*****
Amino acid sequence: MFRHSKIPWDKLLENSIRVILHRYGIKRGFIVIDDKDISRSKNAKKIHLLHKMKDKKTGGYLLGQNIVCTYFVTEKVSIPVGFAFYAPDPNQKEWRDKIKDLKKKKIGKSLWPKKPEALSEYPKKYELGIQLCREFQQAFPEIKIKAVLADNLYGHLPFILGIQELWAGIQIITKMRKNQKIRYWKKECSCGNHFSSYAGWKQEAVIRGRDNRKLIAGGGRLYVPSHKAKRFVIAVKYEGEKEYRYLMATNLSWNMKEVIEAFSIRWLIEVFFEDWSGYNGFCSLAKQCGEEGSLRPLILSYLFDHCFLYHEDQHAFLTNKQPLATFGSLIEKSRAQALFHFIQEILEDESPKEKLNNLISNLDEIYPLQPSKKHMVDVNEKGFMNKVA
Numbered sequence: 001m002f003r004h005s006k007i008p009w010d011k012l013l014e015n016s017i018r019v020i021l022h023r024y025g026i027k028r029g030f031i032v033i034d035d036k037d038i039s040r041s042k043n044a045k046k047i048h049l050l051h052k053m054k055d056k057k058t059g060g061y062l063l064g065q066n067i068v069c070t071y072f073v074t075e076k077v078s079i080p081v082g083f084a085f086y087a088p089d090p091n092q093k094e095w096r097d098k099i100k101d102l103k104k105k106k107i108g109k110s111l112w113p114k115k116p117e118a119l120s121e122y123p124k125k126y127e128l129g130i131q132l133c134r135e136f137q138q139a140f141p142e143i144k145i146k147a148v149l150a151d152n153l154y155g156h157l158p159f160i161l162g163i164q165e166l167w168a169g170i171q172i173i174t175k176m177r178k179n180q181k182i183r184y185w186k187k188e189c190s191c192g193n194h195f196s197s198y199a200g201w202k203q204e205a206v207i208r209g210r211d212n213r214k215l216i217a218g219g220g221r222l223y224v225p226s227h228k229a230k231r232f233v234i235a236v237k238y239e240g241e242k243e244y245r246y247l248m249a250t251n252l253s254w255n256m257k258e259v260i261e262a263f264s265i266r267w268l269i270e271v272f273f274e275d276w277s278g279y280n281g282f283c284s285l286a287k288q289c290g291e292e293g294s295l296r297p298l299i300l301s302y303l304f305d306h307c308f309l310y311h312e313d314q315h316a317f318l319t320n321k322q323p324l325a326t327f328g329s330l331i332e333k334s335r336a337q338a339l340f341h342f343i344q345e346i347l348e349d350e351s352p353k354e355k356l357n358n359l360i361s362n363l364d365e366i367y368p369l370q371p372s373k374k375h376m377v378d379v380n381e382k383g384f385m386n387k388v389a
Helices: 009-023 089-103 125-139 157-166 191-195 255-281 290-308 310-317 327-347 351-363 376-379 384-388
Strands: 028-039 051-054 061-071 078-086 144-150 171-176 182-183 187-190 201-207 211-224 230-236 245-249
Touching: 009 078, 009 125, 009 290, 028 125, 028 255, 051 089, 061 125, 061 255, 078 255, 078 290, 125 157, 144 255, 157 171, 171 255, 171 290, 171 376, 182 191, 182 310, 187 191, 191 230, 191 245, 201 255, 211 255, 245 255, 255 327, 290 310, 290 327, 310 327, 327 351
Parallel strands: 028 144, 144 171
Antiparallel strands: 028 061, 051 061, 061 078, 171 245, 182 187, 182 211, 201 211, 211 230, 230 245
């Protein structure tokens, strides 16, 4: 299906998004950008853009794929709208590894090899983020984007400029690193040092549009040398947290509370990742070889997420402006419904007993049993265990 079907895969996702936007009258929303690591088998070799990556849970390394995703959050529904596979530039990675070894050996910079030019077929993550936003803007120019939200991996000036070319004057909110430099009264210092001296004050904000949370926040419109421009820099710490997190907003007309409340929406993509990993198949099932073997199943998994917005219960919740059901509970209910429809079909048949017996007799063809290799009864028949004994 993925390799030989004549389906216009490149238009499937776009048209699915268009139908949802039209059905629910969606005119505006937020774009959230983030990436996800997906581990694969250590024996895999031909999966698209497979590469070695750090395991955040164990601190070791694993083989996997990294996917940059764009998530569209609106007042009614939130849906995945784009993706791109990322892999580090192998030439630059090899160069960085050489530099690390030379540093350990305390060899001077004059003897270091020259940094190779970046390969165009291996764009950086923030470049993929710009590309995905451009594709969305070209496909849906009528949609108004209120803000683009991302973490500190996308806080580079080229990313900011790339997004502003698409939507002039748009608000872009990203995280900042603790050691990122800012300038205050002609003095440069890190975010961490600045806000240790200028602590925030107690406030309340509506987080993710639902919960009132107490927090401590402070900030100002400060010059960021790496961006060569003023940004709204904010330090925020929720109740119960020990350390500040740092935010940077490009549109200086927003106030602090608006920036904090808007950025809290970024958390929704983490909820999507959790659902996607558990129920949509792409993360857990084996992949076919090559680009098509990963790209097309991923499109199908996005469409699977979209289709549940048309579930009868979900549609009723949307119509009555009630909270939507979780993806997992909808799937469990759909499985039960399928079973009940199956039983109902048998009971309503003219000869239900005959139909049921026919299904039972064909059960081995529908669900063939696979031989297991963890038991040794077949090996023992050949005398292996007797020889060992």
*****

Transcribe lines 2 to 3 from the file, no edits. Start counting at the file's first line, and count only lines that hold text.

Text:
Numbered sequence: 001m002f003r004h005s006k007i008p009w010d011k012l013l014e015n016s017i018r019v020i021l022h023r024y025g026i027k028r029g030f031i032v033i034d035d036k037d038i039s040r041s042k043n044a045k046k047i048h049l050l051h052k053m054k055d056k057k058t059g060g061y062l063l064g065q066n067i068v069c070t071y072f073v074t075e076k077v078s079i080p081v082g083f084a085f086y087a088p089d090p091n092q093k094e095w096r097d098k099i100k101d102l103k104k105k106k107i108g109k110s111l112w113p114k115k116p117e118a119l120s121e122y123p124k125k126y127e128l129g130i131q132l133c134r135e136f137q138q139a140f141p142e143i144k145i146k147a148v149l150a151d152n153l154y155g156h157l158p159f160i161l162g163i164q165e166l167w168a169g170i171q172i173i174t175k176m177r178k179n180q181k182i183r184y185w186k187k188e189c190s191c192g193n194h195f196s197s198y199a200g201w202k203q204e205a206v207i208r209g210r211d212n213r214k215l216i217a218g219g220g221r222l223y224v225p226s227h228k229a230k231r232f233v234i235a236v237k238y239e240g241e242k243e244y245r246y247l248m249a250t251n252l253s254w255n256m257k258e259v260i261e262a263f264s265i266r267w268l269i270e271v272f273f274e275d276w277s278g279y280n281g282f283c284s285l286a287k288q289c290g291e292e293g294s295l296r297p298l299i300l301s302y303l304f305d306h307c308f309l310y311h312e313d314q315h316a317f318l319t320n321k322q323p324l325a326t327f328g329s330l331i332e333k334s335r336a337q338a339l340f341h342f343i344q345e346i347l348e349d350e351s352p353k354e355k356l357n358n359l360i361s362n363l364d365e366i367y368p369l370q371p372s373k374k375h376m377v378d379v380n381e382k383g384f385m386n387k388v389a
Helices: 009-023 089-103 125-139 157-166 191-195 255-281 290-308 310-317 327-347 351-363 376-379 384-388